The 33-year-old Osterman is just the fourth woman to be inducted -- she'll enter alongside Torii Hunter and Tom Coughlin this year -- as well as the first to be recognized for a career in softball. But long before she earned Hall of Excellence-worthy accolades, Osterman got her start at age 10 in Houston's Bear Creek Little League by following in the footsteps of an older neighbor who played the sport.
"She made the Little League All-Star team," Osterman said. "I saw that hype, and that's what really motivated me to start playing.
"They were cleaning out their house not long ago, and she found a letter from me that said, 'Dear Emily, I want to be like you.'"
Ironically -- or fittingly, depending on your perspective -- Osterman arrived in Williamsport for her induction ceremony in the midst of the National Pro Fastpitch championship series, pitting the Chicago Bandits against her former team, the USSSA Pride. The 6-foot-2 southpaw retired from her NPF career after the 2015 season, and in her final campaign she led the league in both strikeouts and innings pitched, whiffing 183 over 121.2 frames.
"When they gave me the date, I had to pick and choose," Osterman said of the Hall of Excellence ceremony before Game 20 of this year's Little League World Series. "But obviously [a trip to Williamsport] is something I didn't want to turn down. When I got the call, I was beside myself.
"I also think it's huge because NPF acknowledges it. It's celebrating our sport more than anything."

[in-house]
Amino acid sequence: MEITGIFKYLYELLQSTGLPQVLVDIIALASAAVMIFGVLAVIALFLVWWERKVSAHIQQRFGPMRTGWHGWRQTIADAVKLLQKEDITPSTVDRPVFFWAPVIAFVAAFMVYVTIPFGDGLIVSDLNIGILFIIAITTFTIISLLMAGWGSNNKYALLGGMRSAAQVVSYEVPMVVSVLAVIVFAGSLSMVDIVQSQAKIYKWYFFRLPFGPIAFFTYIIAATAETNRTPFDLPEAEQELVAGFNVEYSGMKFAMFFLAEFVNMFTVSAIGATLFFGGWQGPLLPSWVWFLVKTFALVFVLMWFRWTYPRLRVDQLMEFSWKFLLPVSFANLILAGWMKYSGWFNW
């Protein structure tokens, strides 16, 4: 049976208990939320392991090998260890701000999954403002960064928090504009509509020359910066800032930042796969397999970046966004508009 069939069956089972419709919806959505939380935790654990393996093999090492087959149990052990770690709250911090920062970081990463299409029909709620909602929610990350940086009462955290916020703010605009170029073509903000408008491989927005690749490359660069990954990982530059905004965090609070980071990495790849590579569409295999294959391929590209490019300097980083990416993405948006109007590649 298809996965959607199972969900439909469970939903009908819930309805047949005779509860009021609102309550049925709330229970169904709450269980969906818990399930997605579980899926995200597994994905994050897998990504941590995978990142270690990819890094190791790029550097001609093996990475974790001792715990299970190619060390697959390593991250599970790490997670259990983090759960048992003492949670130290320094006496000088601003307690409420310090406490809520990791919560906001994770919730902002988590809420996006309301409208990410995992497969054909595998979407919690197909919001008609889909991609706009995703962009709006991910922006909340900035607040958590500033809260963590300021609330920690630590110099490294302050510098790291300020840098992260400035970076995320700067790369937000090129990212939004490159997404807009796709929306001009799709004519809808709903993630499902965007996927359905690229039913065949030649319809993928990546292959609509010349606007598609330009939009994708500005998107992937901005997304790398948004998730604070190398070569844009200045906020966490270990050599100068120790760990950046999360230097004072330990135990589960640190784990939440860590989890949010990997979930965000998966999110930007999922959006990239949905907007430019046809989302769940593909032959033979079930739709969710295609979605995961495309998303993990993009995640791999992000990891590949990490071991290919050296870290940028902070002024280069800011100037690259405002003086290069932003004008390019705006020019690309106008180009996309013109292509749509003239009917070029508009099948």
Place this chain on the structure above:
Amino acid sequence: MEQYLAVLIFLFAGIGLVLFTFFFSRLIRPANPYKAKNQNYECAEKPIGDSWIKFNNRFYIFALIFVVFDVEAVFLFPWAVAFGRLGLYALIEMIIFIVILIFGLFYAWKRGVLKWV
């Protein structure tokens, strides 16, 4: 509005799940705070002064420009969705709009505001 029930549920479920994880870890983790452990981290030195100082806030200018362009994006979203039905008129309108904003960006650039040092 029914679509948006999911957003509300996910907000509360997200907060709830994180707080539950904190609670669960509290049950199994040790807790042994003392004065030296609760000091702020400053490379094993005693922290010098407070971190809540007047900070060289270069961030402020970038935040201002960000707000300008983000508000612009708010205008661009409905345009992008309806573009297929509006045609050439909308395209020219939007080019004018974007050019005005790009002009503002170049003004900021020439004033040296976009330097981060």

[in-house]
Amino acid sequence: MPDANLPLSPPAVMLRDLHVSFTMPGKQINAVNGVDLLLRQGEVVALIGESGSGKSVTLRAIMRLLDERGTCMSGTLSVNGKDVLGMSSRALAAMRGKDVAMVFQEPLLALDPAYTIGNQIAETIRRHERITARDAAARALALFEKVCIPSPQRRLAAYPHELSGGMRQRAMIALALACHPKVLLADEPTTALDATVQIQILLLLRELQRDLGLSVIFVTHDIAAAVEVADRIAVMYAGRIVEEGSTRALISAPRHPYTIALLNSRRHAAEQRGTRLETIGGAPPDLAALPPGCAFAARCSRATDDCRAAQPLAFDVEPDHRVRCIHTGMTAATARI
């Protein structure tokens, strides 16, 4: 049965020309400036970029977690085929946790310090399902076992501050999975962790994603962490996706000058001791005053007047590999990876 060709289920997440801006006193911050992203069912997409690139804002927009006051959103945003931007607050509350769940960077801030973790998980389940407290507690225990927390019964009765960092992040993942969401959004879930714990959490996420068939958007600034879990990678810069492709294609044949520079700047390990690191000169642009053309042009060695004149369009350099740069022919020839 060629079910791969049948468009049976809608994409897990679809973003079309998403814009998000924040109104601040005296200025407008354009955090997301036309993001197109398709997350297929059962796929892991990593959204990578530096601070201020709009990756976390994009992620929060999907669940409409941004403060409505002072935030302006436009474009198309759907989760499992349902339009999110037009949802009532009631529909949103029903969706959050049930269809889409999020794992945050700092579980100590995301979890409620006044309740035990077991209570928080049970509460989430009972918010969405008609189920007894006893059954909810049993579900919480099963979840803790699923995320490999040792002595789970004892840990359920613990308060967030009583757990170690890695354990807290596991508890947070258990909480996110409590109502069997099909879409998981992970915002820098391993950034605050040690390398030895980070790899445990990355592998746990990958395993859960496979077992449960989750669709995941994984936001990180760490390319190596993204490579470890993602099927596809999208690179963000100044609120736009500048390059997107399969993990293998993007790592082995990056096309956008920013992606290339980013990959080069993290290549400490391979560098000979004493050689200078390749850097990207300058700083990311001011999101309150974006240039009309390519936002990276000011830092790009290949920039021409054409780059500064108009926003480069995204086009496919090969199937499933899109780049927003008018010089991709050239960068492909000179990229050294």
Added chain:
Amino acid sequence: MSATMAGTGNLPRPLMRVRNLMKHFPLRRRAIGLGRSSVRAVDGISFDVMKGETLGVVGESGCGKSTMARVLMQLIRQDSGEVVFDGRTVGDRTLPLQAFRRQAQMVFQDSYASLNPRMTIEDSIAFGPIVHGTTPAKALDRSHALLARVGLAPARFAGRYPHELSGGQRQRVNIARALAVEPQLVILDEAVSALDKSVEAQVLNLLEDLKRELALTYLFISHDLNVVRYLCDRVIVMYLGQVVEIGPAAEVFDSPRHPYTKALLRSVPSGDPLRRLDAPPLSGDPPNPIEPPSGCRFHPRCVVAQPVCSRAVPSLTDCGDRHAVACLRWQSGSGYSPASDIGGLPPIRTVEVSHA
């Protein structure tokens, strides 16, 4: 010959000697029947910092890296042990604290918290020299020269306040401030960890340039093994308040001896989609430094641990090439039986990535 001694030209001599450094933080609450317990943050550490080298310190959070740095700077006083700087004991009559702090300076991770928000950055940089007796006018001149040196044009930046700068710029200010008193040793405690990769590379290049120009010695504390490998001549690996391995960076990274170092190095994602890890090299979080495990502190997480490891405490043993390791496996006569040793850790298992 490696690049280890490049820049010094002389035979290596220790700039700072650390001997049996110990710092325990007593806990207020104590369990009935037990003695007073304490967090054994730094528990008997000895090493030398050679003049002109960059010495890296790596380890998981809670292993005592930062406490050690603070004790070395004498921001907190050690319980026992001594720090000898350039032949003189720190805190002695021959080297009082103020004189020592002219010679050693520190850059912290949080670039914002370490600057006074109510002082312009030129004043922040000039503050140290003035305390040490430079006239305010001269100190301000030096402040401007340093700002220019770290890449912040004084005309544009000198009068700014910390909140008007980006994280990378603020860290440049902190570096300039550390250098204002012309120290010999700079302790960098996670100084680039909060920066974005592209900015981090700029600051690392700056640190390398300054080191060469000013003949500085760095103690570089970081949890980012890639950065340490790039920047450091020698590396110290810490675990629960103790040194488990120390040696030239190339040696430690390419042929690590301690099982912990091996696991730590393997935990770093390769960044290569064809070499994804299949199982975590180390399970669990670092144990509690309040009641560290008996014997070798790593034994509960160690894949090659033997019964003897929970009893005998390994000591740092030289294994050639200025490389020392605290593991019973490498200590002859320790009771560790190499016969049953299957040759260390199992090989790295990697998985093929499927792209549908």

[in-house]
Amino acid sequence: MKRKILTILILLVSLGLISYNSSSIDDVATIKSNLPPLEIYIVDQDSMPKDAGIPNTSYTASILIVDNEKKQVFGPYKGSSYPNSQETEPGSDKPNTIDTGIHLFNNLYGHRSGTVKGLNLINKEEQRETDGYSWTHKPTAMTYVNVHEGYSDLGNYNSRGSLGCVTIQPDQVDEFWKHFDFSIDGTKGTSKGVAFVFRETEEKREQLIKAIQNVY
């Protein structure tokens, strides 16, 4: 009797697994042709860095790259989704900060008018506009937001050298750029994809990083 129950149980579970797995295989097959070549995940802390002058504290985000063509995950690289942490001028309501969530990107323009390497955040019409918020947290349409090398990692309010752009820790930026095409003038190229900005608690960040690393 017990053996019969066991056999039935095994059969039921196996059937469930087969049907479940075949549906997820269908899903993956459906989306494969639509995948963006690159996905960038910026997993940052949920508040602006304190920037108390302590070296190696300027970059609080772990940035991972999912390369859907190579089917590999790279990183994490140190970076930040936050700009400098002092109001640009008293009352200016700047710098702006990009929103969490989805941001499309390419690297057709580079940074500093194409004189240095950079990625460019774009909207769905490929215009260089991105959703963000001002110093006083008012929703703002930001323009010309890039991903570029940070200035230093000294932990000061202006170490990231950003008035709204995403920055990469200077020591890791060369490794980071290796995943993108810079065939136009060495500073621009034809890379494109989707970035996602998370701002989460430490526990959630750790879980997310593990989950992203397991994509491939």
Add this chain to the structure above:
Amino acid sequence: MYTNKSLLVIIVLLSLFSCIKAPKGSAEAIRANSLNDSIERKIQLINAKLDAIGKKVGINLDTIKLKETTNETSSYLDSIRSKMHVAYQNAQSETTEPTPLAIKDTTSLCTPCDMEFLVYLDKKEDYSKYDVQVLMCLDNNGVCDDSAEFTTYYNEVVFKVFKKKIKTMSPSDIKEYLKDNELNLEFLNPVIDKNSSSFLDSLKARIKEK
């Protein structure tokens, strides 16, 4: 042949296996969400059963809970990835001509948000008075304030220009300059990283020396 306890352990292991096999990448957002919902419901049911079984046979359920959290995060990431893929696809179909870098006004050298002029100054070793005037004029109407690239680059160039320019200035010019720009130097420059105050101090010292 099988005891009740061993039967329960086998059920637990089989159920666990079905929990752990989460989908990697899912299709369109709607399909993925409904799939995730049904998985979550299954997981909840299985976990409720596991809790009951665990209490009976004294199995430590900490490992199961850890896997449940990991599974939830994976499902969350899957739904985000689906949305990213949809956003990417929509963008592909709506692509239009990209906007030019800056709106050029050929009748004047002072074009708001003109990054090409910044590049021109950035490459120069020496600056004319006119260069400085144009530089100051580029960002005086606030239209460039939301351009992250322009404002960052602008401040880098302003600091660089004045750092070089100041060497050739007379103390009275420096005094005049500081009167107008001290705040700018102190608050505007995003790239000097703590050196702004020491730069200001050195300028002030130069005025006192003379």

And as clearly as she can remember Olympic glory, her five professional no-hitters and her NCAA-record seven perfect games at the University of Texas, Osterman recalls the day she stepped onto the mound for the first time, sparking a passion that would ultimately morph into a career.
"More than anything, I remember my first experience in the pitching circle," Osterman said. "Because of the Little League rules on how many innings a pitcher can throw, [my team] needed someone to try. I said, 'Why not?'
"I don't know how successful I was, but I do know I struck out one batter, which to me meant that I was meant to do this. That experience gave me something that I wanted to keep working at. And for my 11th birthday, all I asked for were pitching lessons."
Now a coach for Texas State University's softball team, Osterman strives to ensure that all young girls have an opportunity to develop similar feelings for the sport.
"Little League gives everybody a chance to compete for something bigger," she said. "Have fun, and let yourself fall in love with it."